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I finally got the gold Kahavanu I've wanted for 5 years!


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My first acquisition of the year and a coin I've been searching for since 2019! I've never tried purchasing or bidding on a coin from a professional auction house, except for this particular type. Each attempt resulted in losing the coins, and retail hasn't been favorable either, often featuring overpriced examples of poor quality. While this type is not uncommon, it is extremely rare to come across one with a nice strike and full details on the face since most of these issues are crudely and flatly struck. What's more special is finding it locally at a great price. 

What I find interesting about this coin are the dimensions, at 20mm weighing 4.28 grams, it's the same as an early Islamic gold dinar, who copied their coins from the light-weight solidi meant for circulation outside the Byzantine empire. It's noteworthy that the Cholas, being a thalassocratic empire, generated significant revenues not only through conquering other kingdoms but also by engaging in trade with the Arabs and Chinese. Their influence extended to the extent of invading the Sri Vijaya empire (modern-day Western Indonesia) for imposing heavy taxes on Tamil Chola merchant ships. Shows you how the world was interconnected so much back in the day! 

On to the coin! 


Anonymous gold Kahavanu from Ceylon (Sri Lanka).
Type III-B
20 mm, 4.28 g
Period of Chola invasion (970-1070 AD)
Obverse: The depiction showcases a standing king facing right, adorned with a pointed crown. The king holds a lotus in his right hand and points at the Shrivatsa symbol with his left hand. A degenerate coconut palm tree is situated on the far left. The king is attired in a wavy Dhoti, characterized by two curved lines on either side and one line in between the legs, resembling tentacles and earning the moniker 'octopus man.' The king stands on a lotus plant stalk with a small circle in the center, concluding on the left in a conch shell and featuring a lotus bud on the right. Five pellets to the right, meaning 'Pala-Panca', Panca meaning 5, denoting 5 Pala coins weighing 1.10g each. While 5 of those coins weigh more than the Kahavanu itself, earlier types have only 4 dots, that would make 4 Palas equal 1 kahavanu (Probably a result of inflation).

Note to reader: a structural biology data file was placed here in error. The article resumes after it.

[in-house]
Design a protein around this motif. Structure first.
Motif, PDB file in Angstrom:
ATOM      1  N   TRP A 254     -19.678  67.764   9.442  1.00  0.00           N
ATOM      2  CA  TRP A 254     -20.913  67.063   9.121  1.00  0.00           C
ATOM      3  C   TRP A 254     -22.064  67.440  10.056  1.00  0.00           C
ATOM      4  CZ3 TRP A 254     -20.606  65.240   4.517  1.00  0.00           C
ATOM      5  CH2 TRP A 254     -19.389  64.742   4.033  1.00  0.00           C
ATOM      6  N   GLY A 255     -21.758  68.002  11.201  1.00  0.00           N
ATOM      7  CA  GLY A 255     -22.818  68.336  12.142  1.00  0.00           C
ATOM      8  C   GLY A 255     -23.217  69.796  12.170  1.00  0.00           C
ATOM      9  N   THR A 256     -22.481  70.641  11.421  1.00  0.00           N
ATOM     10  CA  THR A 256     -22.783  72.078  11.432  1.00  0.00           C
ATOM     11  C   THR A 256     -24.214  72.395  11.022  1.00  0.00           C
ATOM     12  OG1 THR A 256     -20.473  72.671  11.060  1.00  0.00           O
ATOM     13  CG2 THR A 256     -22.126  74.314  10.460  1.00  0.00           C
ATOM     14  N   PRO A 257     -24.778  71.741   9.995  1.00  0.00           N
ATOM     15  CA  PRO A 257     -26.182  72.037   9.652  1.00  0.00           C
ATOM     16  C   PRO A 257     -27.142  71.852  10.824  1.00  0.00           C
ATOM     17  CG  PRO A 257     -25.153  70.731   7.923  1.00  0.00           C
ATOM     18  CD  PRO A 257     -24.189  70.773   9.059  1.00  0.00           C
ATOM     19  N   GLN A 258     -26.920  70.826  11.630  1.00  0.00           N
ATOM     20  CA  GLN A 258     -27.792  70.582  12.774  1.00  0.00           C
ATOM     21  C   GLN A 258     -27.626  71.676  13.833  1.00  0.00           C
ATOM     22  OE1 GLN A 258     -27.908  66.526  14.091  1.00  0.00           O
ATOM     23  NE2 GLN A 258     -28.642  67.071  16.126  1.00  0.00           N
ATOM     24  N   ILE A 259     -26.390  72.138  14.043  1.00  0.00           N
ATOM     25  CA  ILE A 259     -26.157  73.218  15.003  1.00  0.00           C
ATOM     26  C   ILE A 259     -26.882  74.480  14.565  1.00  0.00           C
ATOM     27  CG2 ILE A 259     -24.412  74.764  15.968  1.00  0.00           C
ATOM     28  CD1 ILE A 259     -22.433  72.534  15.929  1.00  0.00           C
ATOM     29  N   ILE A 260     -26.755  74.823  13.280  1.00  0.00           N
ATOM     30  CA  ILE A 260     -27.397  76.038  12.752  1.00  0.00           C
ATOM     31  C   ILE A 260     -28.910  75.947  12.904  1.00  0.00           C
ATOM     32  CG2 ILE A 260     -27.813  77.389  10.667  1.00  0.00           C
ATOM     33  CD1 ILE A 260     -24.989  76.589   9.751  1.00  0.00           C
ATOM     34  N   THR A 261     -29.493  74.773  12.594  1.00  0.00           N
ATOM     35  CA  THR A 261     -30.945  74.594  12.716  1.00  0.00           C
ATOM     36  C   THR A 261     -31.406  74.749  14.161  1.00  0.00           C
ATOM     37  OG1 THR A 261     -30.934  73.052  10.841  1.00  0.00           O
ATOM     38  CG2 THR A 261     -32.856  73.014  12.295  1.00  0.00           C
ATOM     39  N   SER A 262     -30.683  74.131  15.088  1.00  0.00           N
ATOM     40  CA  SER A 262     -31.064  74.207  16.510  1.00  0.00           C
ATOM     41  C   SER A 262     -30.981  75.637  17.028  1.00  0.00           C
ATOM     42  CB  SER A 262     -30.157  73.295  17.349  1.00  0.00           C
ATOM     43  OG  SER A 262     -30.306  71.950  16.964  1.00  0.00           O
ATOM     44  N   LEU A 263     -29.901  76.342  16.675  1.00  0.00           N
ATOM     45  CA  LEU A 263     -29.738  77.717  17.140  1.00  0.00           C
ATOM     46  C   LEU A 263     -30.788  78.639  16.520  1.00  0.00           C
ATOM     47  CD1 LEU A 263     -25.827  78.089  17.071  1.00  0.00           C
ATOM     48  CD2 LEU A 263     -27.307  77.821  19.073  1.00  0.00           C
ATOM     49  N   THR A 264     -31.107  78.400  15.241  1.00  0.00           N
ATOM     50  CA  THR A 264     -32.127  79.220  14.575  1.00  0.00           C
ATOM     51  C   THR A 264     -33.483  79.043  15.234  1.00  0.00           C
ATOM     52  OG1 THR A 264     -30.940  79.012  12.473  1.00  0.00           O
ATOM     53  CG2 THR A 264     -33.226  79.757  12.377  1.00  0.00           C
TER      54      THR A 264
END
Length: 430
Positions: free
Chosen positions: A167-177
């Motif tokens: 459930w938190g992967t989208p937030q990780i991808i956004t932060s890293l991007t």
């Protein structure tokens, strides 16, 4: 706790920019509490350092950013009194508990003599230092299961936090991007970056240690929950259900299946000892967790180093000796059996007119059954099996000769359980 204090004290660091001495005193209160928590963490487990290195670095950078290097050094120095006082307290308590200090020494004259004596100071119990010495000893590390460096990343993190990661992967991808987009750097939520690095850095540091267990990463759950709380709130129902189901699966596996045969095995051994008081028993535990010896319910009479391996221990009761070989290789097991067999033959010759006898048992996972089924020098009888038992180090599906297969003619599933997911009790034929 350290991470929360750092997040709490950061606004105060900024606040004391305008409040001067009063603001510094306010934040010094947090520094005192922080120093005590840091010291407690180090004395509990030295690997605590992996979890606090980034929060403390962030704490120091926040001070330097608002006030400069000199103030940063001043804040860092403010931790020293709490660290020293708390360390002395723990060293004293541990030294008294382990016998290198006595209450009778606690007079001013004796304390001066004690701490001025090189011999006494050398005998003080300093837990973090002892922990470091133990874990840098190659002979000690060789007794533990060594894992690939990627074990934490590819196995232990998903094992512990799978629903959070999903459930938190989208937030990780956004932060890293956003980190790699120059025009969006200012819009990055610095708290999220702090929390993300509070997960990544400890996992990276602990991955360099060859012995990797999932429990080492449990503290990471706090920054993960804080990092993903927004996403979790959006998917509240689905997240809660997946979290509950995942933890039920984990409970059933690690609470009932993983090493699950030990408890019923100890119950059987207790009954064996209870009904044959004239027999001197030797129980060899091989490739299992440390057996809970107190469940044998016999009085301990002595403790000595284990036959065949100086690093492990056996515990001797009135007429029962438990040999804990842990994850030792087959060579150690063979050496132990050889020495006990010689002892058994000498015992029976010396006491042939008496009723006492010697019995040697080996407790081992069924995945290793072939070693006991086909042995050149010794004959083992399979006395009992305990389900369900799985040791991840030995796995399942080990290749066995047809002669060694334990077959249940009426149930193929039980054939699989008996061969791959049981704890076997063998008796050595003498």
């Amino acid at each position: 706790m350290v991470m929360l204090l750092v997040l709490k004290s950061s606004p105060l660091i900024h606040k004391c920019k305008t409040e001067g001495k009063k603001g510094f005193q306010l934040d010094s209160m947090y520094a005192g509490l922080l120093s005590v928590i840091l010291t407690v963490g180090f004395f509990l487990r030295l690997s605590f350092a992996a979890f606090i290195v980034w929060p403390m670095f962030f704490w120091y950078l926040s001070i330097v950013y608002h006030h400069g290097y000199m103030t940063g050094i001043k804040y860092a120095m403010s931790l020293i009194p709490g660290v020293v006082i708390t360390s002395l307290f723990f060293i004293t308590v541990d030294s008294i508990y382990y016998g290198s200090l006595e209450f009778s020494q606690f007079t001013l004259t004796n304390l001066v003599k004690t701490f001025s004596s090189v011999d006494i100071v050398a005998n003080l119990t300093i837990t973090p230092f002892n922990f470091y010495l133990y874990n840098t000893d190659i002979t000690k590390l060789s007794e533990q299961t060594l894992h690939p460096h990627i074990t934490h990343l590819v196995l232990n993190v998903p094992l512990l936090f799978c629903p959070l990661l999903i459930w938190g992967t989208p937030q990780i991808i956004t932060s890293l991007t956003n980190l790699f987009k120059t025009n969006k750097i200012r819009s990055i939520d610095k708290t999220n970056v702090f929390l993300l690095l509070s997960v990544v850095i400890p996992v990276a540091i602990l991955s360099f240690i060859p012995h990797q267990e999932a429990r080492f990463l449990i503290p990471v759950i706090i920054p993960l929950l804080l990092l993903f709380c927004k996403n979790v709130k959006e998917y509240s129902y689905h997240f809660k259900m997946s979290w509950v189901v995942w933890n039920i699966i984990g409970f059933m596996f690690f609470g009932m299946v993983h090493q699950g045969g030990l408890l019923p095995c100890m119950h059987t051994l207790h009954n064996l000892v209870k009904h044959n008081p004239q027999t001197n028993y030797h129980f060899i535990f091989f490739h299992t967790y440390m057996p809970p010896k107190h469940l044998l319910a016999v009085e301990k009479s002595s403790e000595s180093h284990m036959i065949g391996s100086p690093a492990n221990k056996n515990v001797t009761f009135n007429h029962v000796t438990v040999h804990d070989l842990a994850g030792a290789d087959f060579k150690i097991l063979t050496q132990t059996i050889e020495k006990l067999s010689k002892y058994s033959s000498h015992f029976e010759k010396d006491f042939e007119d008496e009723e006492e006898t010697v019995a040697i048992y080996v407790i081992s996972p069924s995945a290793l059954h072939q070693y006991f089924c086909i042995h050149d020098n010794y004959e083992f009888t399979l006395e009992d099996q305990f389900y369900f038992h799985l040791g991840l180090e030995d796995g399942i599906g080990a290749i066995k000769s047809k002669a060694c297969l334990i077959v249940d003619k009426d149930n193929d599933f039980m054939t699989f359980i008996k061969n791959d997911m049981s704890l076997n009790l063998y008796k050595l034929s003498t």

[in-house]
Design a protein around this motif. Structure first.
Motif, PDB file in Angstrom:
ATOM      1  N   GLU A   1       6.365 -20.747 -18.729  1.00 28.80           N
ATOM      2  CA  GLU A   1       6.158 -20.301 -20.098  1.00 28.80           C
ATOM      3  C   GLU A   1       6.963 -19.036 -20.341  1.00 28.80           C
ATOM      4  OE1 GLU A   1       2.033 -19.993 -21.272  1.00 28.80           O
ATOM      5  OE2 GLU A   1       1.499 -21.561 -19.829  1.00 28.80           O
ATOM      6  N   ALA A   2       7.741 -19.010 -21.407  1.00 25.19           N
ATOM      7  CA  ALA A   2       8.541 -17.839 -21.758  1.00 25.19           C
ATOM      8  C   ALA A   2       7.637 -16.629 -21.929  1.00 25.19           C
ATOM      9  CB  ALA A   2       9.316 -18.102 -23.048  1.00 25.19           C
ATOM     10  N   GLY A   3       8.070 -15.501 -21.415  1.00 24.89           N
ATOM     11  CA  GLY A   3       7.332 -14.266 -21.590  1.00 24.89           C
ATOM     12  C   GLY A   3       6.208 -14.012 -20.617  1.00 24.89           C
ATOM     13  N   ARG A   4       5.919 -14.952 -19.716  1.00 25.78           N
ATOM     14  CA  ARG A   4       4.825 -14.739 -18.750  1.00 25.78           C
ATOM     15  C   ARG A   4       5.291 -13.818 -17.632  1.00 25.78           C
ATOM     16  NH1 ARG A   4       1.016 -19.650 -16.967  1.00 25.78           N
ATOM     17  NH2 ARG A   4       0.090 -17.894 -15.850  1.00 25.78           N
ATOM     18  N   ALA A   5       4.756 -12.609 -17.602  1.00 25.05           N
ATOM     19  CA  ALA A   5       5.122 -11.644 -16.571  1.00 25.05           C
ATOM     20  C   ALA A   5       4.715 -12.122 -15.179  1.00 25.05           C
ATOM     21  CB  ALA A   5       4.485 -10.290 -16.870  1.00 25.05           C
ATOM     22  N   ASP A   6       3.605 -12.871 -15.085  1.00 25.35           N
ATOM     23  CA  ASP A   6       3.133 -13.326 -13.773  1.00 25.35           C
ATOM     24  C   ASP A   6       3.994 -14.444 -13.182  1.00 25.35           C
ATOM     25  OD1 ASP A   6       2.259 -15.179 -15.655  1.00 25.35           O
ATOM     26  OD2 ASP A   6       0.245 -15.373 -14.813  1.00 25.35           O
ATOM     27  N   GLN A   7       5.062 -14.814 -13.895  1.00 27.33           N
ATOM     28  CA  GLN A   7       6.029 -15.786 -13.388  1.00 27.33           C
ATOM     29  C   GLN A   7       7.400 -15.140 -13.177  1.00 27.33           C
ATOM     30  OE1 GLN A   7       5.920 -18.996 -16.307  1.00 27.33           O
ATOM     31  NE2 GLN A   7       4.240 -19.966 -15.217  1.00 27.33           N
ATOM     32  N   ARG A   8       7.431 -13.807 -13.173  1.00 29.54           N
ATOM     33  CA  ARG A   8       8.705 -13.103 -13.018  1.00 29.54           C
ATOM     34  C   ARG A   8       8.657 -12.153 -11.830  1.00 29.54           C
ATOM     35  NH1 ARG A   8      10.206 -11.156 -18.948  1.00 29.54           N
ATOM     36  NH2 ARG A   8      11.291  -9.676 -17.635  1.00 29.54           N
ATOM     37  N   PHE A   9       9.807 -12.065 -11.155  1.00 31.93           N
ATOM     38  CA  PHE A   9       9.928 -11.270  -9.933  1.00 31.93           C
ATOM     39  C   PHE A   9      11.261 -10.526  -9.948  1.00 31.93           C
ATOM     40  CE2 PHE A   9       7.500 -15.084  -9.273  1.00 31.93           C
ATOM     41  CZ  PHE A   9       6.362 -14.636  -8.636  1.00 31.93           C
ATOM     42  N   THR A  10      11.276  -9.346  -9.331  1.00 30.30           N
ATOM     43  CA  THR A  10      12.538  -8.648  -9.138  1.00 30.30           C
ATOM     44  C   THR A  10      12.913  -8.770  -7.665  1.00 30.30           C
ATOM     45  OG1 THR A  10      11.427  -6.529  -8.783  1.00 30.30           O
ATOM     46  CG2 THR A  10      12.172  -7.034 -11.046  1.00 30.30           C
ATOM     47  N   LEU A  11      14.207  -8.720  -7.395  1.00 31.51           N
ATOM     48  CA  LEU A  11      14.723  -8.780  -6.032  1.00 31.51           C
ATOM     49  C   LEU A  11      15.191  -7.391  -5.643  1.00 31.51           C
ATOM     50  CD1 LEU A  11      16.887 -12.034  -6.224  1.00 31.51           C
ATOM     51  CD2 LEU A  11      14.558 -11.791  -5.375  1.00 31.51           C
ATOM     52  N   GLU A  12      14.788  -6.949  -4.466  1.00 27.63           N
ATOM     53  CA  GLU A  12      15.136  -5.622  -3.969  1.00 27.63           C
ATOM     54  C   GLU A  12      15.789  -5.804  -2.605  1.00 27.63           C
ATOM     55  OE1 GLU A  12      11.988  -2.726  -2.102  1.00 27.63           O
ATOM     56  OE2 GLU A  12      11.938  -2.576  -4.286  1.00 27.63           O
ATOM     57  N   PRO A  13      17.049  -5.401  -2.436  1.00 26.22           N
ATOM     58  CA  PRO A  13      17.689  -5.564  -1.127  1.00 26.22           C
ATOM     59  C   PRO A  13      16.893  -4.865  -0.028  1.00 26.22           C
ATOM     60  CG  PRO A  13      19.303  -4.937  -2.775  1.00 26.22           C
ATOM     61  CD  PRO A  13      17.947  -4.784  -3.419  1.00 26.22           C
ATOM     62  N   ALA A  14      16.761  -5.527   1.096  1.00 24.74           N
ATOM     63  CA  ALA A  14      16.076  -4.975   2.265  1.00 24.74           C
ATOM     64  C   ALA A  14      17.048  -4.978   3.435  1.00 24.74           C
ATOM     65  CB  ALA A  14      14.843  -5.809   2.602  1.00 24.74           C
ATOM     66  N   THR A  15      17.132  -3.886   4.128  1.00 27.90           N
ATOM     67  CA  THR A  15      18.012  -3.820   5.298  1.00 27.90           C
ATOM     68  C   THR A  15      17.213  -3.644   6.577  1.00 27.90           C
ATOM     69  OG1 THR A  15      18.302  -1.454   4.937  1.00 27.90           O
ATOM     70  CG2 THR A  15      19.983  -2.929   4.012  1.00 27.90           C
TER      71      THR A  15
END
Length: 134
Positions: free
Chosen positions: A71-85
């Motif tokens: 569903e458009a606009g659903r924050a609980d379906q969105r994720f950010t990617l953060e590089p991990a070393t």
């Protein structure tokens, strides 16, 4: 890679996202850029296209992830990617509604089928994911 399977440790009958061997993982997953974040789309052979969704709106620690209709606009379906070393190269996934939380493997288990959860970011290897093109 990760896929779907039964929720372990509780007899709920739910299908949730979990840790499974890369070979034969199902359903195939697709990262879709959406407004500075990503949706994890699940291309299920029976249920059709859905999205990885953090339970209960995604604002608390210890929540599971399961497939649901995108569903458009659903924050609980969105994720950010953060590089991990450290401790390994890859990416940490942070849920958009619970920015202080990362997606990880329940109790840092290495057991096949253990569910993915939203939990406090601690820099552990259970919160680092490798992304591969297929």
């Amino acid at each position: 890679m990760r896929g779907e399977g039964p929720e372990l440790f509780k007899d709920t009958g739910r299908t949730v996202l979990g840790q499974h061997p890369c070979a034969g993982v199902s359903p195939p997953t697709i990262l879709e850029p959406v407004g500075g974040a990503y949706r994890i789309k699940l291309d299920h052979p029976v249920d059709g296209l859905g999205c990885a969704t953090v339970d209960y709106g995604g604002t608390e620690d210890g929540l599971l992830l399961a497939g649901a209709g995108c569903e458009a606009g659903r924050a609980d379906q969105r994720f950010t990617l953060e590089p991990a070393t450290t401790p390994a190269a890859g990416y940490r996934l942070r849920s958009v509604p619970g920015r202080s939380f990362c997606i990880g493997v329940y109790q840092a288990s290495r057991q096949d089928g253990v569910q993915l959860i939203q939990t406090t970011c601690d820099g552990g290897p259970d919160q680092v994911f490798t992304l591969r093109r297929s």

Reverse: Seated king facing right, with his left hand resting on his left leg and his right hand holding a conch shell. His right leg rests on a couch or bed-like throne known as asana. On the right side of the field, a Devanagari legend is inscribed in three lines, reading Sri Lan Ka Vi Ha. In these coins, Viha denotes the value, equivalent to 20 Silver Massas.

Note: Despite common attributions identifying it as Sri Lan Ka Vi Bhu, a closer examination reveals the last letter to be Ha. This distinction becomes apparent when comparing the final letter with early Type-I issues or coins from SaHAsamalla or ParakramaBAHU. Additionally, in these anonymous gold coins, there is an absence of Bha that could combine to form the letter Bhu. Following the letter Vi, only Ha is present. Reference: https://sirimunasiha.wordpress.com/about/the-script-on-medieveal-coins-of-sri-lanka/ https://sirimunasiha.wordpress.com/2010/08/15/the-legend-on-gold-coinage-dr-s-paranavitane/

Here's my copper massa of Raja Raja Chola for size comparison.


Please share your Chola or Sri-Lankan coins!


Edited by JayAg47
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